It really doesn’t seem so long ago, but the IT world was quite different back when I was studying computer science at Cambridge in the mid-1980s. In those days we didn’t have tablets or laptops let alone mobile phones. You might say the coolest technology around was a boom box that played cassette tapes. We only had one BBC microcomputer in our esteemed college connected to the university’s central IBM 370 mainframe and it was kept tightly under lock and key. Every time I needed access to make updates to my applications, I had to (politely) ask the college porter for the key.
There were only a few of us studying computer science under our head of department, Roger Needham, and one of our more memorable projects was to write a compiler in IBM 370 assembler. To be honest, I never imagined that 25 years later we’d still be tackling problems with programs that were first written back in the heyday of Ronald Reagan and Maggie Thatcher.
Organizations that have had mainframes for a long time generally have applications that their business depends on. These applications, originally written on state of the art hardware, have been modified and ‘improved’ over the years by different developers and the result is that they can appear to be dauntingly large. The thought of trying to modernize these behemoths and move them to a more flexible x86 platform can be overwhelming.
The good news is that these problems are not insurmountable. Through detailed, automated analysis of mainframe applications, we’re finding that there are often large sections of duplicate or even dead code in these ancient apps. This means there is a lot less ‘real’ code that needs to be translated or rewritten.
In fact, there are often routines that were custom coded when the original application was written that should, today, be replaced by modern off the shelf packages. For example when an application was written in the 1970’s the developers may have created a custom report writer within their application because there was nothing suitable that was available at the time. However that section of the program could now be capably replaced by any one of the many existing off the shelf report writers. This type of replacement can reduce the size of the old applications even further.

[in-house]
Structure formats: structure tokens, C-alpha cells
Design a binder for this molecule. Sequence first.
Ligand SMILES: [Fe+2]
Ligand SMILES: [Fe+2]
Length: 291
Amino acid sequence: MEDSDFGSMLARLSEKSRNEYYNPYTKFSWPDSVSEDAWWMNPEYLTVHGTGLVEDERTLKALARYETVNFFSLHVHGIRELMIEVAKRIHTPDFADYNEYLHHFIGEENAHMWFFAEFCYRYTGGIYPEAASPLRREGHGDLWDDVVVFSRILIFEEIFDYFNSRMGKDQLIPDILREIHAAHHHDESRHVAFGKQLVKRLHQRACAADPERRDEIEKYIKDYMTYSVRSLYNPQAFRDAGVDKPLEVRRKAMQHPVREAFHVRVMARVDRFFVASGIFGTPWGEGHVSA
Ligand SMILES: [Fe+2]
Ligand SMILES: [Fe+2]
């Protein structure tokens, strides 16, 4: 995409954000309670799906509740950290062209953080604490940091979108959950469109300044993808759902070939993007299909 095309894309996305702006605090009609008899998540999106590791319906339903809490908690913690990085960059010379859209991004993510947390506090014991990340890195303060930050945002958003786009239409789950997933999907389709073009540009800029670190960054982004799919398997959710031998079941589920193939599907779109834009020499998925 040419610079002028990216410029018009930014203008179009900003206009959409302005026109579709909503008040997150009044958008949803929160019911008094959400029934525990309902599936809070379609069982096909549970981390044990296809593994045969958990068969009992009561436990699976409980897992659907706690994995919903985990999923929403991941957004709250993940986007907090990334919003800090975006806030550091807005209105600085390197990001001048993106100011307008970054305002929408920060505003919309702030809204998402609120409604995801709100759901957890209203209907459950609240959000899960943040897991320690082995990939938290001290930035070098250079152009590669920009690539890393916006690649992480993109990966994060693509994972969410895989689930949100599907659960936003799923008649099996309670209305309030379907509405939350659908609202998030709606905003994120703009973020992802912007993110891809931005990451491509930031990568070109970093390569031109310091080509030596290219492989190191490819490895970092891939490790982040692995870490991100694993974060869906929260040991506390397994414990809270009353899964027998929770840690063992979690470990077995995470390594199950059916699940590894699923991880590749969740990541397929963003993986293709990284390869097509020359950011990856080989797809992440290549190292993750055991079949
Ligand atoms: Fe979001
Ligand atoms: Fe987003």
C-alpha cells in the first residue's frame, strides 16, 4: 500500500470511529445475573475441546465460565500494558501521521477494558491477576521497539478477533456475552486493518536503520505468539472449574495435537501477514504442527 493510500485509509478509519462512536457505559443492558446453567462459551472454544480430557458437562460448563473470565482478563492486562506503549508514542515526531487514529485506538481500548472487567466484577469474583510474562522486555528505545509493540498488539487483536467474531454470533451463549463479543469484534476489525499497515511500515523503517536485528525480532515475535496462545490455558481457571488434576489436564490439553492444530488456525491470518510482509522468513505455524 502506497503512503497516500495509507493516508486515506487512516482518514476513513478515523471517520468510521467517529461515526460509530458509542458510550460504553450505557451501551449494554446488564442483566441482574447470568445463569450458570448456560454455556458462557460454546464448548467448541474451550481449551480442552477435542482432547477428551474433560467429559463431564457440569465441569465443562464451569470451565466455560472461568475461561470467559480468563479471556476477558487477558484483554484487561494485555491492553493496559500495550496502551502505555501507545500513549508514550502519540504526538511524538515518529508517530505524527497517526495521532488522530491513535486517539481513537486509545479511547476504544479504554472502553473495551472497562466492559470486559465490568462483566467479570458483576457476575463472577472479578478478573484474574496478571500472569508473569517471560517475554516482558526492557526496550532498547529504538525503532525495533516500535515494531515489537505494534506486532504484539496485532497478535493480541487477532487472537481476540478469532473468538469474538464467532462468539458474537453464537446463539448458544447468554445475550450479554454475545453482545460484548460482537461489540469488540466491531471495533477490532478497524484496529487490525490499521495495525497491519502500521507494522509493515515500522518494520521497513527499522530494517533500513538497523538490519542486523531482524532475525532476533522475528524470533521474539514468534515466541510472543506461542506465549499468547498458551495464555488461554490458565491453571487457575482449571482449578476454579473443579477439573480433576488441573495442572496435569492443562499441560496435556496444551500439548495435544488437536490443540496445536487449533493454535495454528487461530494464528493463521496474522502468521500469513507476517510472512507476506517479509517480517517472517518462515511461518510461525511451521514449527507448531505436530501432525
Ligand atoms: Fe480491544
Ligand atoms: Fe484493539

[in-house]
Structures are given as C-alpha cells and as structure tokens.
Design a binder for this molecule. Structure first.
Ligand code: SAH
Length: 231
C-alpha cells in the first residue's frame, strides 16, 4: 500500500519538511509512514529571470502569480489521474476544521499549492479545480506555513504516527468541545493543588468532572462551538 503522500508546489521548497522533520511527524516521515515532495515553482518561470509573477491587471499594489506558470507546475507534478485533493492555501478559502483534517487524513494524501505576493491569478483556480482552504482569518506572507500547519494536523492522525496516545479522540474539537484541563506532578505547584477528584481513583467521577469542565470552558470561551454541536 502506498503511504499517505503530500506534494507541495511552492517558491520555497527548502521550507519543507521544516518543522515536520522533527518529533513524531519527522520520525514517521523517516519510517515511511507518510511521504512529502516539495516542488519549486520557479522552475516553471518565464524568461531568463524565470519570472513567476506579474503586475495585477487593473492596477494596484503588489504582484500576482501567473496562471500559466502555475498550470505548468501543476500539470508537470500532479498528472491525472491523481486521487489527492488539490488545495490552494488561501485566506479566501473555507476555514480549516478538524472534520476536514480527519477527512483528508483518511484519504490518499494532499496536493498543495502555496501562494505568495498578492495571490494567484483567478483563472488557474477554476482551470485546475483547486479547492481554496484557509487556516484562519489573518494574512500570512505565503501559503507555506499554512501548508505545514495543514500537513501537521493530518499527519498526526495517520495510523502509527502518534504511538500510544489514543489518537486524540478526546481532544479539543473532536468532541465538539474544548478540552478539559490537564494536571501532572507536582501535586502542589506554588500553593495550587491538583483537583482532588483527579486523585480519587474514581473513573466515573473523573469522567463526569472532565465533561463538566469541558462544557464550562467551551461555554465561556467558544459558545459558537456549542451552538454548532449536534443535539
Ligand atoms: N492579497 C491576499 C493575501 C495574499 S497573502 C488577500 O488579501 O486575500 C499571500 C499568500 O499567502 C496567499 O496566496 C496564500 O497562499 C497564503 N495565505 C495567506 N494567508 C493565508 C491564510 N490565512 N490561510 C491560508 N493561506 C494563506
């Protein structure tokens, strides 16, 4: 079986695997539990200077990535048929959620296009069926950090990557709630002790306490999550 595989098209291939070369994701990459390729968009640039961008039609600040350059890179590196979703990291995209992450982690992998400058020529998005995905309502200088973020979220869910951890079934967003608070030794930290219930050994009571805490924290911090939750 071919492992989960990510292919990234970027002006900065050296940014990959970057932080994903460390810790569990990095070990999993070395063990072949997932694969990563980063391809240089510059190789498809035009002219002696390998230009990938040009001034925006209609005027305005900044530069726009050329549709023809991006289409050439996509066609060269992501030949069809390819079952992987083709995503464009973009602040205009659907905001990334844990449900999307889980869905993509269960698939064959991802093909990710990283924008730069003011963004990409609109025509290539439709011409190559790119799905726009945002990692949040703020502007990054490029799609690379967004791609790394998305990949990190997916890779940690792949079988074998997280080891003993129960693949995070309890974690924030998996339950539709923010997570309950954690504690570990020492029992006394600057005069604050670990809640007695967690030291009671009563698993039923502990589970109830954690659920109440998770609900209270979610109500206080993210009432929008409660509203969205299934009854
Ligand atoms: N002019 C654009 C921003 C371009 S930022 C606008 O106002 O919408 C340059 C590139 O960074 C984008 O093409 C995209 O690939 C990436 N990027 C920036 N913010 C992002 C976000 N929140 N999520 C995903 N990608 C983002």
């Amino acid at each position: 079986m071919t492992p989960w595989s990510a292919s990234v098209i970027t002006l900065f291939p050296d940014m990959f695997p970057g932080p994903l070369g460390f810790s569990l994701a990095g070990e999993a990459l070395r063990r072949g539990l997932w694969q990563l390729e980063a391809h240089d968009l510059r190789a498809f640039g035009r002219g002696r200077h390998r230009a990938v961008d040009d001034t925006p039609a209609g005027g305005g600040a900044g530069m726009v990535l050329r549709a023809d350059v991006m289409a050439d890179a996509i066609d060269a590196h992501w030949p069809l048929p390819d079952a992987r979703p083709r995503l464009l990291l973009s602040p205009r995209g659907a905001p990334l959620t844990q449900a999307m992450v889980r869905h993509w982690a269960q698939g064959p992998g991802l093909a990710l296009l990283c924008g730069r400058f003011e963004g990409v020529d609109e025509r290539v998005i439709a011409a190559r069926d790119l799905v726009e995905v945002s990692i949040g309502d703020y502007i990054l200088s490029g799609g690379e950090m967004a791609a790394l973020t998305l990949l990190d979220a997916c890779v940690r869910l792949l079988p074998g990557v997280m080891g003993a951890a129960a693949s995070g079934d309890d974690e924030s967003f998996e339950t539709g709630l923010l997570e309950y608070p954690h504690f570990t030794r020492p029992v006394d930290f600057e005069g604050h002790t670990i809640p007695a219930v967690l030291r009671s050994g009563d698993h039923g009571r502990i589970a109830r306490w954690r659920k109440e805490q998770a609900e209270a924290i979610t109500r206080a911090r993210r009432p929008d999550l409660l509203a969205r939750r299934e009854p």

To explore these growing opportunities for improving and modernizing legacy mainframe applications, you need something like an X-ray (see image above) to reveal a clear picture of an application’s complexity – as well as the amount of duplicate or dead code hidden inside. Remember: finding out how large the mainframe application modernization problem really is before you get started down the path is an all-important first step.
To gain more insight on this topic, I strongly encourage you to watch and listen to a recording of the recent EMC Global Services Mainframe Transformation webinar presented by Steve Woods. It’s a great resource to understand what goes into planning and executing an application modernization initiative, what factors will affect cost, and how to begin.